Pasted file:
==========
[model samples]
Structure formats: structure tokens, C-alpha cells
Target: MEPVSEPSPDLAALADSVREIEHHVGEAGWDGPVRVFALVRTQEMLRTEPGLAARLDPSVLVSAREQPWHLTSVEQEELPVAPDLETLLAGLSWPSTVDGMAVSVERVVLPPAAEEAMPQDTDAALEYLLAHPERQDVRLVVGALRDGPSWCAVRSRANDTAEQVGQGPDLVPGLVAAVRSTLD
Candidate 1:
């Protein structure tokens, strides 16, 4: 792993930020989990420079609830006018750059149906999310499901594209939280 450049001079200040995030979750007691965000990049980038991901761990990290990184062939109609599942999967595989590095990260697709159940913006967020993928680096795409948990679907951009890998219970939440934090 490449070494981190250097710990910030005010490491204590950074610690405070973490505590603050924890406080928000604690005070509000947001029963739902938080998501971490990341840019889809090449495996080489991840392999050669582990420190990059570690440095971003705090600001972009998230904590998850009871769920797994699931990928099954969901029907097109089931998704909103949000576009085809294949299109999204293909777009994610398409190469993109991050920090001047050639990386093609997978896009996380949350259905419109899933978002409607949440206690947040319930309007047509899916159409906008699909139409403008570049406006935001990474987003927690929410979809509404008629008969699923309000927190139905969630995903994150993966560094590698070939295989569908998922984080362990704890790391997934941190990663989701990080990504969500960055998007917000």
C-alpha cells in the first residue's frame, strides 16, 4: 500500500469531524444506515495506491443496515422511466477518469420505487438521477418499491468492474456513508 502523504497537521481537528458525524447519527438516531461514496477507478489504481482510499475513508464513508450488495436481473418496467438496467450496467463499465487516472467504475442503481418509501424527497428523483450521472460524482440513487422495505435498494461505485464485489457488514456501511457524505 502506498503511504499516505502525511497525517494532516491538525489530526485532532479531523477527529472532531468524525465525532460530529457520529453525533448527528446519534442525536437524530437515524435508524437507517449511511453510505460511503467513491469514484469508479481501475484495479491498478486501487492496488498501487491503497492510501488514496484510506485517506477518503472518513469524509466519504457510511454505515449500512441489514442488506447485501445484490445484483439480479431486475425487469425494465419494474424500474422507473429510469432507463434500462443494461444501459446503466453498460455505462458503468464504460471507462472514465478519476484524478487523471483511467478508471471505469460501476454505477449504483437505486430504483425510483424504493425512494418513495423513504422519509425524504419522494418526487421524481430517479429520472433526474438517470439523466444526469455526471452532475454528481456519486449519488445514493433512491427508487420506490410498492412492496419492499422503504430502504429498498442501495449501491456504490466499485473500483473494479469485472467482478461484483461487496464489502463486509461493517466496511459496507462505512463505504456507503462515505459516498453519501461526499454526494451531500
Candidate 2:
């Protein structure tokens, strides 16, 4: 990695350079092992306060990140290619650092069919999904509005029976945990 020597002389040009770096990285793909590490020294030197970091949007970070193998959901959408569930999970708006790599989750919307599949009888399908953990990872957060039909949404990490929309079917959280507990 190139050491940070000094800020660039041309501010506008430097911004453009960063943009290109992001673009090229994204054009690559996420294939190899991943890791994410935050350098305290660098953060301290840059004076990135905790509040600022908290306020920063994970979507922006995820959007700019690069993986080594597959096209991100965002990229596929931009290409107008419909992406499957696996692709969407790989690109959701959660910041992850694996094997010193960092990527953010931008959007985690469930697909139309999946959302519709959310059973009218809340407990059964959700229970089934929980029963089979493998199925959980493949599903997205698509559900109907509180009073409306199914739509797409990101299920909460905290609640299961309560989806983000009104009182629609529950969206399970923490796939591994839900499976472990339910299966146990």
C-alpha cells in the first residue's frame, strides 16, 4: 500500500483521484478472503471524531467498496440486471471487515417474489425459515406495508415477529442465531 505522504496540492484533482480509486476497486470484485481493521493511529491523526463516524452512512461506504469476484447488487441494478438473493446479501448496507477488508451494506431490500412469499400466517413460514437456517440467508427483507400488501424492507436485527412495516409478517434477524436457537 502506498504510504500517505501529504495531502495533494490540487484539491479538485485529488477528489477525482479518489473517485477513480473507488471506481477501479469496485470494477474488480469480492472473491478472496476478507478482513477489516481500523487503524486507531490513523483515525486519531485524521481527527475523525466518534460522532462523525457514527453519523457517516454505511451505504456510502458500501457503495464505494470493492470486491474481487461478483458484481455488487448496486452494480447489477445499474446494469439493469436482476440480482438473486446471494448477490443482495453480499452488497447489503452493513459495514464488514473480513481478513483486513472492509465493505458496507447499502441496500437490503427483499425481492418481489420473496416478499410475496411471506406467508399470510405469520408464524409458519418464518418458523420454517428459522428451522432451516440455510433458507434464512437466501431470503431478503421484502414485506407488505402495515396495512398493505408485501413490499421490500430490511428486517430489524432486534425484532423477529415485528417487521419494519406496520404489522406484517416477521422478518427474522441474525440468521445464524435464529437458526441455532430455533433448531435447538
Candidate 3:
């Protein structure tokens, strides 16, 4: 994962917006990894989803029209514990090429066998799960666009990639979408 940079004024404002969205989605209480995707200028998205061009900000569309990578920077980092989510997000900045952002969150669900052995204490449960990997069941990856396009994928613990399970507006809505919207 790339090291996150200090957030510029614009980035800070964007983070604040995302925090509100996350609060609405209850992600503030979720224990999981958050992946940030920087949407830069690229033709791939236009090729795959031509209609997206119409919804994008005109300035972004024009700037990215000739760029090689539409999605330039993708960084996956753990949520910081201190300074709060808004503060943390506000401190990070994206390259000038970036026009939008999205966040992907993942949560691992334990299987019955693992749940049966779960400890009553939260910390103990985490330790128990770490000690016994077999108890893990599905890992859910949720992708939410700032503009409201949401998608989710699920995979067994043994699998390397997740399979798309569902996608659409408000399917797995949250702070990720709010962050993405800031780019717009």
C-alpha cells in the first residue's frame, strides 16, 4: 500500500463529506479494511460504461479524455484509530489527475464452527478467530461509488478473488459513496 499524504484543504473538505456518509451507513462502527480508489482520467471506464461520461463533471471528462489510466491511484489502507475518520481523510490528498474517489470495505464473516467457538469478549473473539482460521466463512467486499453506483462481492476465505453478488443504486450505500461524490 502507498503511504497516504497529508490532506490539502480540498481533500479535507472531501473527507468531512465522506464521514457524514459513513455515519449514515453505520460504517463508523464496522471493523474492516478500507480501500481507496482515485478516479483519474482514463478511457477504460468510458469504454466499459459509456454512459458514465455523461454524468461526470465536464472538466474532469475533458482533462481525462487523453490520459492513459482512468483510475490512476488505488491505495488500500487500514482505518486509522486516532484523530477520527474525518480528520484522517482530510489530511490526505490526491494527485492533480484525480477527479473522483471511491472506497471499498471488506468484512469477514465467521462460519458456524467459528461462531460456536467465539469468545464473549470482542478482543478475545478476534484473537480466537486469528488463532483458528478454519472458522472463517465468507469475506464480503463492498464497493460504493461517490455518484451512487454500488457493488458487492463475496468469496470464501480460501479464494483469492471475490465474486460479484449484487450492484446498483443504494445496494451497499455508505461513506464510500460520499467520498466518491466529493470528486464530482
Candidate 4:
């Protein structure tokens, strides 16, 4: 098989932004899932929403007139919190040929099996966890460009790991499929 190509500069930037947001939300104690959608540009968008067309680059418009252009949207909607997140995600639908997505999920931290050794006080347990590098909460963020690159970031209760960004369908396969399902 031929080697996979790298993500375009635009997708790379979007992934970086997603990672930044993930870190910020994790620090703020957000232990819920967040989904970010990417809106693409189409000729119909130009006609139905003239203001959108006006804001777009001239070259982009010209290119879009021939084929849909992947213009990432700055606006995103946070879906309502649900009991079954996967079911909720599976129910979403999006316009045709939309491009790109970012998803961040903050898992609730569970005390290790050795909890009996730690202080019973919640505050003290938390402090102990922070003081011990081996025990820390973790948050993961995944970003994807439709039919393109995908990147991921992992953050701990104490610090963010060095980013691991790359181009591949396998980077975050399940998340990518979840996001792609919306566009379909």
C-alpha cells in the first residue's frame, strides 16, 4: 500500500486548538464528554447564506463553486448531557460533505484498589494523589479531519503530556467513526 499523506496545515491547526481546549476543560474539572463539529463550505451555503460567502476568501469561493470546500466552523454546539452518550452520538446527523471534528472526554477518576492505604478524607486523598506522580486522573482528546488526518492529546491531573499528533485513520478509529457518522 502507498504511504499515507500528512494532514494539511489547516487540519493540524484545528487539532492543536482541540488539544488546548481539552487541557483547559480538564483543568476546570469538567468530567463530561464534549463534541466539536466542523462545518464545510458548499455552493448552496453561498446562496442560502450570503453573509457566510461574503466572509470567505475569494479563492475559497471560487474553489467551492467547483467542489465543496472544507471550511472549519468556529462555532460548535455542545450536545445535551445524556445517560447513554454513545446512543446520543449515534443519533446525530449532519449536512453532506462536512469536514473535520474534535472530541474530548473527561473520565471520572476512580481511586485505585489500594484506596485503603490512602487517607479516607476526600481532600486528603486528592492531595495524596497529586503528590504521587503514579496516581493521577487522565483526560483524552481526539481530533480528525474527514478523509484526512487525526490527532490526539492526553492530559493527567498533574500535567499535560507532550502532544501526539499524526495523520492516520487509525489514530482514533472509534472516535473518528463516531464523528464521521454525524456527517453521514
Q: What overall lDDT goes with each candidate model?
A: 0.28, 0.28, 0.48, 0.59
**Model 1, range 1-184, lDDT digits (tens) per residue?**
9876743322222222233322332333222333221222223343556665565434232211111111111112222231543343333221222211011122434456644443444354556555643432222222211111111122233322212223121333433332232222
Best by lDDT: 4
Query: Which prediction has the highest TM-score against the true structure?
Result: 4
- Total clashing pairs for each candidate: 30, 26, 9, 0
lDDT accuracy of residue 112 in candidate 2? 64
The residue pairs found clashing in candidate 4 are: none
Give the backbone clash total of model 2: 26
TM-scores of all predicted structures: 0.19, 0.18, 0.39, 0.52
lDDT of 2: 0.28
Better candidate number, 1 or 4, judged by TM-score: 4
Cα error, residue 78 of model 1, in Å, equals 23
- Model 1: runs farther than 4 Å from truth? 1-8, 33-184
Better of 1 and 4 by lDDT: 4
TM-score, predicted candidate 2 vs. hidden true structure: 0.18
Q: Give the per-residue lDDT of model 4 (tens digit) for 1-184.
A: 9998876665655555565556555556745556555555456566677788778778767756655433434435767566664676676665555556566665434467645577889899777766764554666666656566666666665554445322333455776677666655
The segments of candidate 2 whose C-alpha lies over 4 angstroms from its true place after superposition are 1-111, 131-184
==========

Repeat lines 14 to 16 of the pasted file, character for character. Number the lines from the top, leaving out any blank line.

């Protein structure tokens, strides 16, 4: 098989932004899932929403007139919190040929099996966890460009790991499929 190509500069930037947001939300104690959608540009968008067309680059418009252009949207909607997140995600639908997505999920931290050794006080347990590098909460963020690159970031209760960004369908396969399902 031929080697996979790298993500375009635009997708790379979007992934970086997603990672930044993930870190910020994790620090703020957000232990819920967040989904970010990417809106693409189409000729119909130009006609139905003239203001959108006006804001777009001239070259982009010209290119879009021939084929849909992947213009990432700055606006995103946070879906309502649900009991079954996967079911909720599976129910979403999006316009045709939309491009790109970012998803961040903050898992609730569970005390290790050795909890009996730690202080019973919640505050003290938390402090102990922070003081011990081996025990820390973790948050993961995944970003994807439709039919393109995908990147991921992992953050701990104490610090963010060095980013691991790359181009591949396998980077975050399940998340990518979840996001792609919306566009379909």
C-alpha cells in the first residue's frame, strides 16, 4: 500500500486548538464528554447564506463553486448531557460533505484498589494523589479531519503530556467513526 499523506496545515491547526481546549476543560474539572463539529463550505451555503460567502476568501469561493470546500466552523454546539452518550452520538446527523471534528472526554477518576492505604478524607486523598506522580486522573482528546488526518492529546491531573499528533485513520478509529457518522 502507498504511504499515507500528512494532514494539511489547516487540519493540524484545528487539532492543536482541540488539544488546548481539552487541557483547559480538564483543568476546570469538567468530567463530561464534549463534541466539536466542523462545518464545510458548499455552493448552496453561498446562496442560502450570503453573509457566510461574503466572509470567505475569494479563492475559497471560487474553489467551492467547483467542489465543496472544507471550511472549519468556529462555532460548535455542545450536545445535551445524556445517560447513554454513545446512543446520543449515534443519533446525530449532519449536512453532506462536512469536514473535520474534535472530541474530548473527561473520565471520572476512580481511586485505585489500594484506596485503603490512602487517607479516607476526600481532600486528603486528592492531595495524596497529586503528590504521587503514579496516581493521577487522565483526560483524552481526539481530533480528525474527514478523509484526512487525526490527532490526539492526553492530559493527567498533574500535567499535560507532550502532544501526539499524526495523520492516520487509525489514530482514533472509534472516535473518528463516531464523528464521521454525524456527517453521514
Q: What overall lDDT goes with each candidate model?